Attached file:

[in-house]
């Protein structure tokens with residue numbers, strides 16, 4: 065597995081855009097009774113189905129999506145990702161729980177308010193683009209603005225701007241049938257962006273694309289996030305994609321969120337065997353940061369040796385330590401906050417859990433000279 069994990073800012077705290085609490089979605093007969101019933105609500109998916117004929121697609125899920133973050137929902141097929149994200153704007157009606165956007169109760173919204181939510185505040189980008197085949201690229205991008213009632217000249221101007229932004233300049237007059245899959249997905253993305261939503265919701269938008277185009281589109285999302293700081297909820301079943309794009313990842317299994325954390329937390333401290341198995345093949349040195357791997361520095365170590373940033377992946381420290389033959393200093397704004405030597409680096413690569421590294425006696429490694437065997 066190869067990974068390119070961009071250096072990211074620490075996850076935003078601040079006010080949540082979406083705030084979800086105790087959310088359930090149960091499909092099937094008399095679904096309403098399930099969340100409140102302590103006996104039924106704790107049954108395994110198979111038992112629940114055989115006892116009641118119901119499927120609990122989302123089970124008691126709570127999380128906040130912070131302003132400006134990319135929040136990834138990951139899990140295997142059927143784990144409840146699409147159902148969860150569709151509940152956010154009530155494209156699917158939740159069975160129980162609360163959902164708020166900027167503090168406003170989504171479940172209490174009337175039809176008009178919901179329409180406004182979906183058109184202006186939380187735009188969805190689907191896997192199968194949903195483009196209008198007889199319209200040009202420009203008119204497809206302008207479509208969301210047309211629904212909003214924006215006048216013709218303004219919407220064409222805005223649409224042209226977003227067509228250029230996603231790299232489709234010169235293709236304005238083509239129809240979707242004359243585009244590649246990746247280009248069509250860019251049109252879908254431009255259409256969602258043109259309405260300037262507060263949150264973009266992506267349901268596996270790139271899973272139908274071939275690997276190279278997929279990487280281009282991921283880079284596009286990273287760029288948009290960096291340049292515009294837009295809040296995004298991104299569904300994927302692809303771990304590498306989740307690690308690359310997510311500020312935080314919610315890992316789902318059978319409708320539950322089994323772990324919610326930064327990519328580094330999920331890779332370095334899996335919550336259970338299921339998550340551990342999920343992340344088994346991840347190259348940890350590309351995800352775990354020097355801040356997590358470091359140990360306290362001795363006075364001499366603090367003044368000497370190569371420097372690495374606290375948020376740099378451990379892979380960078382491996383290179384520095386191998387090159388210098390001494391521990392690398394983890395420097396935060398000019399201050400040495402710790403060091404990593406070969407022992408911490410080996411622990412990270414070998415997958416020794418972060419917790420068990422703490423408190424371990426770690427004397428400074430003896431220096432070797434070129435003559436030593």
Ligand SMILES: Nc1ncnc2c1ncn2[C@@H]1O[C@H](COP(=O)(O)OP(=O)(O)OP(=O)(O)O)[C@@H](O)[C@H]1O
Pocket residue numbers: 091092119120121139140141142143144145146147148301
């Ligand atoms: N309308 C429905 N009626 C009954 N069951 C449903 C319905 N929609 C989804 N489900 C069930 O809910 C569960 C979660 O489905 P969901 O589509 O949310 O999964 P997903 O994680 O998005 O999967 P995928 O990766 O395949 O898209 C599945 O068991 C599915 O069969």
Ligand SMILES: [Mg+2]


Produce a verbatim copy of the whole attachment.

[in-house]
């Protein structure tokens with residue numbers, strides 16, 4: 065597995081855009097009774113189905129999506145990702161729980177308010193683009209603005225701007241049938257962006273694309289996030305994609321969120337065997353940061369040796385330590401906050417859990433000279 069994990073800012077705290085609490089979605093007969101019933105609500109998916117004929121697609125899920133973050137929902141097929149994200153704007157009606165956007169109760173919204181939510185505040189980008197085949201690229205991008213009632217000249221101007229932004233300049237007059245899959249997905253993305261939503265919701269938008277185009281589109285999302293700081297909820301079943309794009313990842317299994325954390329937390333401290341198995345093949349040195357791997361520095365170590373940033377992946381420290389033959393200093397704004405030597409680096413690569421590294425006696429490694437065997 066190869067990974068390119070961009071250096072990211074620490075996850076935003078601040079006010080949540082979406083705030084979800086105790087959310088359930090149960091499909092099937094008399095679904096309403098399930099969340100409140102302590103006996104039924106704790107049954108395994110198979111038992112629940114055989115006892116009641118119901119499927120609990122989302123089970124008691126709570127999380128906040130912070131302003132400006134990319135929040136990834138990951139899990140295997142059927143784990144409840146699409147159902148969860150569709151509940152956010154009530155494209156699917158939740159069975160129980162609360163959902164708020166900027167503090168406003170989504171479940172209490174009337175039809176008009178919901179329409180406004182979906183058109184202006186939380187735009188969805190689907191896997192199968194949903195483009196209008198007889199319209200040009202420009203008119204497809206302008207479509208969301210047309211629904212909003214924006215006048216013709218303004219919407220064409222805005223649409224042209226977003227067509228250029230996603231790299232489709234010169235293709236304005238083509239129809240979707242004359243585009244590649246990746247280009248069509250860019251049109252879908254431009255259409256969602258043109259309405260300037262507060263949150264973009266992506267349901268596996270790139271899973272139908274071939275690997276190279278997929279990487280281009282991921283880079284596009286990273287760029288948009290960096291340049292515009294837009295809040296995004298991104299569904300994927302692809303771990304590498306989740307690690308690359310997510311500020312935080314919610315890992316789902318059978319409708320539950322089994323772990324919610326930064327990519328580094330999920331890779332370095334899996335919550336259970338299921339998550340551990342999920343992340344088994346991840347190259348940890350590309351995800352775990354020097355801040356997590358470091359140990360306290362001795363006075364001499366603090367003044368000497370190569371420097372690495374606290375948020376740099378451990379892979380960078382491996383290179384520095386191998387090159388210098390001494391521990392690398394983890395420097396935060398000019399201050400040495402710790403060091404990593406070969407022992408911490410080996411622990412990270414070998415997958416020794418972060419917790420068990422703490423408190424371990426770690427004397428400074430003896431220096432070797434070129435003559436030593």
Ligand SMILES: Nc1ncnc2c1ncn2[C@@H]1O[C@H](COP(=O)(O)OP(=O)(O)OP(=O)(O)O)[C@@H](O)[C@H]1O
Pocket residue numbers: 091092119120121139140141142143144145146147148301
């Ligand atoms: N309308 C429905 N009626 C009954 N069951 C449903 C319905 N929609 C989804 N489900 C069930 O809910 C569960 C979660 O489905 P969901 O589509 O949310 O999964 P997903 O994680 O998005 O999967 P995928 O990766 O395949 O898209 C599945 O068991 C599915 O069969």
Ligand SMILES: [Mg+2]